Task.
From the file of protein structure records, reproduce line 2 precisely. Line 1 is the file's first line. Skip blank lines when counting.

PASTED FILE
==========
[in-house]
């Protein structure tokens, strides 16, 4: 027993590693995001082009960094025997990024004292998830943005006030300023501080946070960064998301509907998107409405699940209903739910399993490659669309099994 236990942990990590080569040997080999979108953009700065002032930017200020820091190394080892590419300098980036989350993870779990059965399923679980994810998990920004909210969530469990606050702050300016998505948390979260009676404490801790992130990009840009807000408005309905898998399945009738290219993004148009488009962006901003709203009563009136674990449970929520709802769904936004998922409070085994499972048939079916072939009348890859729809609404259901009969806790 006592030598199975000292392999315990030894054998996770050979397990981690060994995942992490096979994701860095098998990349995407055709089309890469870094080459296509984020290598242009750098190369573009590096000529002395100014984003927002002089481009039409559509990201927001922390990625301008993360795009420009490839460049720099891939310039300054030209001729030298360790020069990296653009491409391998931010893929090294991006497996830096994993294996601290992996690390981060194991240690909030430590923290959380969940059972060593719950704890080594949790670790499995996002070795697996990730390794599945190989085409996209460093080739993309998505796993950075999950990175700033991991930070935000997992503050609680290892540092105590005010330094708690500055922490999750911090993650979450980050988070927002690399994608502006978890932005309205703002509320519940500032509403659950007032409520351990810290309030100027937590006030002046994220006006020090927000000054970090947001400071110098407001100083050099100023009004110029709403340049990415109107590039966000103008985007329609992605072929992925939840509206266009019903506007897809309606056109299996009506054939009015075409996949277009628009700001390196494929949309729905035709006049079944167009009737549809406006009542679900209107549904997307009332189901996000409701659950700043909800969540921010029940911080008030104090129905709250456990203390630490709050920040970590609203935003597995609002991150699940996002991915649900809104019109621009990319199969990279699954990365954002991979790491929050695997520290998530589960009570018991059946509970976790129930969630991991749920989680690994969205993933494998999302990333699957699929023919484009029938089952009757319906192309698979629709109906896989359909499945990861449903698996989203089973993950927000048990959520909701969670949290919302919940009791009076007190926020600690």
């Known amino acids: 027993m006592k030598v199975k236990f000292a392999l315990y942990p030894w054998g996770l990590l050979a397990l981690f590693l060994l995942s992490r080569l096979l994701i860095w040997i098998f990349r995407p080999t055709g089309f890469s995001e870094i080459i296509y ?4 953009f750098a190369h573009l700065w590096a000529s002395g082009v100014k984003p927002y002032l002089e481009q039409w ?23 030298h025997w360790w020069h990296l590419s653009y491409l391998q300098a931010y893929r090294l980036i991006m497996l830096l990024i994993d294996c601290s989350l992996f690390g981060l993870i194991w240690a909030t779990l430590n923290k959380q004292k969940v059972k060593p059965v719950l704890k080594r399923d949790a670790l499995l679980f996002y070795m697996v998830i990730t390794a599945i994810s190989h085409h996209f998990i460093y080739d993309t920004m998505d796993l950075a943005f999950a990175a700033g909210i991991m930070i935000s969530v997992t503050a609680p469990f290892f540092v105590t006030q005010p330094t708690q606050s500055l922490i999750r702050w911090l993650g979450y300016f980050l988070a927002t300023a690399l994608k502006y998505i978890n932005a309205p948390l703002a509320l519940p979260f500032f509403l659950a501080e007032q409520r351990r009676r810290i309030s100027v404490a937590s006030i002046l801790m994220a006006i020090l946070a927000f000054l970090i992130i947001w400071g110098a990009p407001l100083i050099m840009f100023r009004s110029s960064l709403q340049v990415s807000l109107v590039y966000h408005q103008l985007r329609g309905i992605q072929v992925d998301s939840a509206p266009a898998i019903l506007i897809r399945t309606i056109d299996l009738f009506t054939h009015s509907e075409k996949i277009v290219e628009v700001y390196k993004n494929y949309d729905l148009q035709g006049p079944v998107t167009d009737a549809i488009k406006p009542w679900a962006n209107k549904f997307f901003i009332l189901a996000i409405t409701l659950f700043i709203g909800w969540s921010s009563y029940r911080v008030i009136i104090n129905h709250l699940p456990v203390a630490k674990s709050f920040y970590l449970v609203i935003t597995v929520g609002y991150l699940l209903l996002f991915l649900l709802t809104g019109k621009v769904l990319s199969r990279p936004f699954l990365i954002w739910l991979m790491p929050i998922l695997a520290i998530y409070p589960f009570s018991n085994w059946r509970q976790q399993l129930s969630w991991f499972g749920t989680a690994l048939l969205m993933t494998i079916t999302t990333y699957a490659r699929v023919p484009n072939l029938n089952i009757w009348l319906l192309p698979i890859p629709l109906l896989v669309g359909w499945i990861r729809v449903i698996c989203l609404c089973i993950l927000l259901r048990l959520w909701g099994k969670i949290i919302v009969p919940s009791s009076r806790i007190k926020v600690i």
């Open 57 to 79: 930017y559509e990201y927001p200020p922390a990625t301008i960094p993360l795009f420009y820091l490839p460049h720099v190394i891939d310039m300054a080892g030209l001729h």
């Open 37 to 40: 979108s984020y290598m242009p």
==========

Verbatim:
């Protein structure tokens, strides 16, 4: 027993590693995001082009960094025997990024004292998830943005006030300023501080946070960064998301509907998107409405699940209903739910399993490659669309099994 236990942990990590080569040997080999979108953009700065002032930017200020820091190394080892590419300098980036989350993870779990059965399923679980994810998990920004909210969530469990606050702050300016998505948390979260009676404490801790992130990009840009807000408005309905898998399945009738290219993004148009488009962006901003709203009563009136674990449970929520709802769904936004998922409070085994499972048939079916072939009348890859729809609404259901009969806790 006592030598199975000292392999315990030894054998996770050979397990981690060994995942992490096979994701860095098998990349995407055709089309890469870094080459296509984020290598242009750098190369573009590096000529002395100014984003927002002089481009039409559509990201927001922390990625301008993360795009420009490839460049720099891939310039300054030209001729030298360790020069990296653009491409391998931010893929090294991006497996830096994993294996601290992996690390981060194991240690909030430590923290959380969940059972060593719950704890080594949790670790499995996002070795697996990730390794599945190989085409996209460093080739993309998505796993950075999950990175700033991991930070935000997992503050609680290892540092105590005010330094708690500055922490999750911090993650979450980050988070927002690399994608502006978890932005309205703002509320519940500032509403659950007032409520351990810290309030100027937590006030002046994220006006020090927000000054970090947001400071110098407001100083050099100023009004110029709403340049990415109107590039966000103008985007329609992605072929992925939840509206266009019903506007897809309606056109299996009506054939009015075409996949277009628009700001390196494929949309729905035709006049079944167009009737549809406006009542679900209107549904997307009332189901996000409701659950700043909800969540921010029940911080008030104090129905709250456990203390630490709050920040970590609203935003597995609002991150699940996002991915649900809104019109621009990319199969990279699954990365954002991979790491929050695997520290998530589960009570018991059946509970976790129930969630991991749920989680690994969205993933494998999302990333699957699929023919484009029938089952009757319906192309698979629709109906896989359909499945990861449903698996989203089973993950927000048990959520909701969670949290919302919940009791009076007190926020600690």